The Horizontal Falls is a natural phenomenon created by the large tides experienced in the Kimberley and the unique geography. Extreme tides (the second largest in the Southern Hemisphere) force huge volumes of water through two narrow gaps, creating the illusion of a waterfall that is flowing horizontally.
Location of the Horizontal Falls
The Horizontal Falls are located in Talbot Bay in the Buccaneer Archipelago, which is in the southern part of the Kimberley.
This area of the Kimberley is the Lalang-garram/Horizontal Falls Marine Park and it is a protected area. The Dambimangari (Dambeemangarddee) people are the traditional owners of this region and they call the Horizontal Falls, Garaanngaddim.
The Two Gaps
The McLarty Ranges have twin ‘fingers’ that jut out from the mainland, comprising very hard-wearing sandstone.
Over time, two gaps have formed through the sandstone fingers. The Wide Gap is about 20 metres wide, and the Narrow Gap is about 10 metres wide.
The Horizontal Falls Effect
The Horizontal Falls are formed by the ocean waters being pushed through the two sandstone gaps. Millions of litres of water are rushing through the very small gap. The water flow builds up and creates the horizontal waterfall effect. The centre embayment (between the two fingers) fills up, and another Horizontal Falls effect is created in the second gap. After the top of the tide, it is like someone has pulled the plug out. The flow reverses as the water drains out. Horizontal Falls can be experienced at both the incoming and outgoing tides.
The Geology of the Horizontal Falls
The area itself is quite significant in terms of geology. Some of the oldest sandstone strata in the Kimberley is found in the McLarty Range. Aerial dissections of the sandstone show the age increases by millions of years as you get further and further out. In order of age, there’s Slug Island, then the first finger and then the second finger. This is a fascinating place in terms of the age of the sandstone and the significance of that in terms of the age of the Kimberley region.
The Horizontal Falls by Boat
It is possible to navigate – with suitable boats – through the Horizontal Falls while they are in flow. On The Great Escape, after anchoring the boat nearby, guests will board the tender boats. Safety procedures and life jackets are essential. Travelling through the Falls at a suitable point in the tide lets people experience the exciting turbulence of the water. The power of nature is quite humbling, and there’s a lot of water movement.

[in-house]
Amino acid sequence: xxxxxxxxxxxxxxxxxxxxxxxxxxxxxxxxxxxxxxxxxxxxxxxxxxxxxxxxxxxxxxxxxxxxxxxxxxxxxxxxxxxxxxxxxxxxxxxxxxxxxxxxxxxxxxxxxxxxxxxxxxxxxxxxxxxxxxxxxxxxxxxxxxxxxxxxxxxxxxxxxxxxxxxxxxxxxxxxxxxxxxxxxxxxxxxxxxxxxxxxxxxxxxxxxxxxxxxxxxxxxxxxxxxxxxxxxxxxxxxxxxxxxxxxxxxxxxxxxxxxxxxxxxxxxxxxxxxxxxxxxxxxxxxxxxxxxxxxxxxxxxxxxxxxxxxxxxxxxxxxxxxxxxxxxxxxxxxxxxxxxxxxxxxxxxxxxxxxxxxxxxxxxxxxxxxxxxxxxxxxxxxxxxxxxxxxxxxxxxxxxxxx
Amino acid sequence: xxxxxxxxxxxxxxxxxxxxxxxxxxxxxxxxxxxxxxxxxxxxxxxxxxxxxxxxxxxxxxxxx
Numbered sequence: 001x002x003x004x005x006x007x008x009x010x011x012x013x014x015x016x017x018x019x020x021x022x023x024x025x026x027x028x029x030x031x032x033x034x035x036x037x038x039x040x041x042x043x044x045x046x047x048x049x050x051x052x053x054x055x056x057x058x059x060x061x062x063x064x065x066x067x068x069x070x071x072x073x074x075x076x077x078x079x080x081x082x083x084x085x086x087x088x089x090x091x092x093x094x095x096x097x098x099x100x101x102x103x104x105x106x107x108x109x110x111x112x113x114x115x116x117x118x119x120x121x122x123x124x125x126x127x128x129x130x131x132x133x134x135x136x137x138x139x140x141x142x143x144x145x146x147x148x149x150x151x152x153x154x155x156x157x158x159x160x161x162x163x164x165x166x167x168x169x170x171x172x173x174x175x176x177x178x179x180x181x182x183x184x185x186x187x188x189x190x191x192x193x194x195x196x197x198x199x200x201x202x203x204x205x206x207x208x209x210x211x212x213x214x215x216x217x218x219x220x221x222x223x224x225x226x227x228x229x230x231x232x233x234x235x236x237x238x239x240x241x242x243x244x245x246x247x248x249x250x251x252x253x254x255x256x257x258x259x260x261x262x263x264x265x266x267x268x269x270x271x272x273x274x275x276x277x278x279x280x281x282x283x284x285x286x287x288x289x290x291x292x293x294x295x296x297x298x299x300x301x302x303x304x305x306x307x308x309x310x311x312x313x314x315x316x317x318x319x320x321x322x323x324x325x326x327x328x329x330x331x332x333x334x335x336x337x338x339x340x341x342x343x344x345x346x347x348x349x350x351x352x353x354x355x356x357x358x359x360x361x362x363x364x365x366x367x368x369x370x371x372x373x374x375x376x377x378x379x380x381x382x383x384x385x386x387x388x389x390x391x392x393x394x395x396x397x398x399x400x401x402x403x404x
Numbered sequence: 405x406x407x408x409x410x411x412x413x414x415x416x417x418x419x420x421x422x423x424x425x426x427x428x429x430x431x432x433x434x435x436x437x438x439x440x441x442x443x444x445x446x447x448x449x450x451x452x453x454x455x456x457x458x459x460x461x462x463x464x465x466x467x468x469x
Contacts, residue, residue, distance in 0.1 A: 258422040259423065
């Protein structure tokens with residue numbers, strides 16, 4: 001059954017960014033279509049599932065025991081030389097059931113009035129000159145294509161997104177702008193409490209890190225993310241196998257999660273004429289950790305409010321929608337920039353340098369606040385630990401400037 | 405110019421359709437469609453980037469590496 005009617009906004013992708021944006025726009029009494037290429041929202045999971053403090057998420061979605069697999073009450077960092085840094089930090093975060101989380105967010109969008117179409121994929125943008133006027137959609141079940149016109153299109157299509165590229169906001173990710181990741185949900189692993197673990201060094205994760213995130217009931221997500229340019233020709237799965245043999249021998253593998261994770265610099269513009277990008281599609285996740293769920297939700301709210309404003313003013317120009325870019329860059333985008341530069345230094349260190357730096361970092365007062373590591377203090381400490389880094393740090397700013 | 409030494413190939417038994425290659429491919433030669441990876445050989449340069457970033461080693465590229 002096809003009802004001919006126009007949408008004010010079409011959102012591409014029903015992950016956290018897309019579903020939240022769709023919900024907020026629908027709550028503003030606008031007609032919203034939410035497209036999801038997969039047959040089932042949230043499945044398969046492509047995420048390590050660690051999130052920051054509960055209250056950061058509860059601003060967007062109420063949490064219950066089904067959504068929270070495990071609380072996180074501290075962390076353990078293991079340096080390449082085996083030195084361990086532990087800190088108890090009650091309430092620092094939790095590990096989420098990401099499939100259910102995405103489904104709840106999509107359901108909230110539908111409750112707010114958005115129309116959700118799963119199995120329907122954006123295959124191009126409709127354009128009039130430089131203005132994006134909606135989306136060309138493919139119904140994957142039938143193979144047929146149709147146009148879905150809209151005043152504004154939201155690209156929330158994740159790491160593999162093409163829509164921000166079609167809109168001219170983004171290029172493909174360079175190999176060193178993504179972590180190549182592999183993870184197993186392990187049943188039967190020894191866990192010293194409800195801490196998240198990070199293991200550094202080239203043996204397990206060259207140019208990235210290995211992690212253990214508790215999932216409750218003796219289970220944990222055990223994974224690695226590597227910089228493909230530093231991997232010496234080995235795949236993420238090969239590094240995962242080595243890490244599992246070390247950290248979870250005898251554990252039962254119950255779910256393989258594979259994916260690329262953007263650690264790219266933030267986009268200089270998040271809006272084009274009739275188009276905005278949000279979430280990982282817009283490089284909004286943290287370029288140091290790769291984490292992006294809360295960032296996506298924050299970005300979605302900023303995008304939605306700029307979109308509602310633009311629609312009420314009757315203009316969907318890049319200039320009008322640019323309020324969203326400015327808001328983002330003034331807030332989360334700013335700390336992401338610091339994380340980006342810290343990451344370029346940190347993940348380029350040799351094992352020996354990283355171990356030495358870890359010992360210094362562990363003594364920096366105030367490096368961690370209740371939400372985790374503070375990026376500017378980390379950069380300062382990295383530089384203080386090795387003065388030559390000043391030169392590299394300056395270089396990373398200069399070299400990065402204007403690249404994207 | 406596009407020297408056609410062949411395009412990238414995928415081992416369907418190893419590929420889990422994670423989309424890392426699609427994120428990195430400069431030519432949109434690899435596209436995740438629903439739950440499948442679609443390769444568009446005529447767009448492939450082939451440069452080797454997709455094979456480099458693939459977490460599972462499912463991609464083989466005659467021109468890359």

The Horizontal Falls By Air
Guests also have the opportunity to experience the Horizontal Falls from a helicopter, if they choose. Flying over the region gives a broader perspective of the beauty of that area. You’ll see that typical Kimberley red sandstone strata rock, really blue water, and bright green flora. This is the Kimberley colour palette. By the time guests get up in the helicopter, the tide is usually rushing with a lot more force at that point. They’ve experienced it in the tender boats, and then they go up to see the Falls when they are even more forceful. It’s has a wow factor. From the air, there is a fresh perspective on all that water pushing through the gaps. I think most people visiting the Kimberley have heard of the Horizontal Falls, and they want to include this destination in their cruise itinerary if they can.
Horizontal Falls are a natural phenomenon created by the largest tides of every month. What we call the Spring Tides are the largest tides and these are experienced over the full moon and the new moon every month. This is when the Earth’s rotation and the gravitational pull of the sun and moon is at its greatest. This generates the big difference between high and low tide, creating the Horizontal Falls effect. On the days between the full moon and new moon and vice versa, there’s just not much difference between high and low tides, so this location is a lot calmer. We refer to these as Neap Tides. There’s hardly any water movement at the Horizontal Falls during neap tide days, and it’s almost flat.
The exceptionally large tides experienced in the Kimberley surprise many visitors to the region. We can experience up to 12-metre tides, whereas in most other destinations, even around Australia, you’d be lucky to experience a 2-metre tide. This place is a unique global tidal phenomenon.
The Great Escape crew love going through Horizontal Falls. It is definitely a highlight for the deckhands because it requires first-class boating skills and safety awareness.
Horizontal Falls is such a loved destination that we created our sister company which specialises in day trips to this stunning location, Go Horizontal Falls.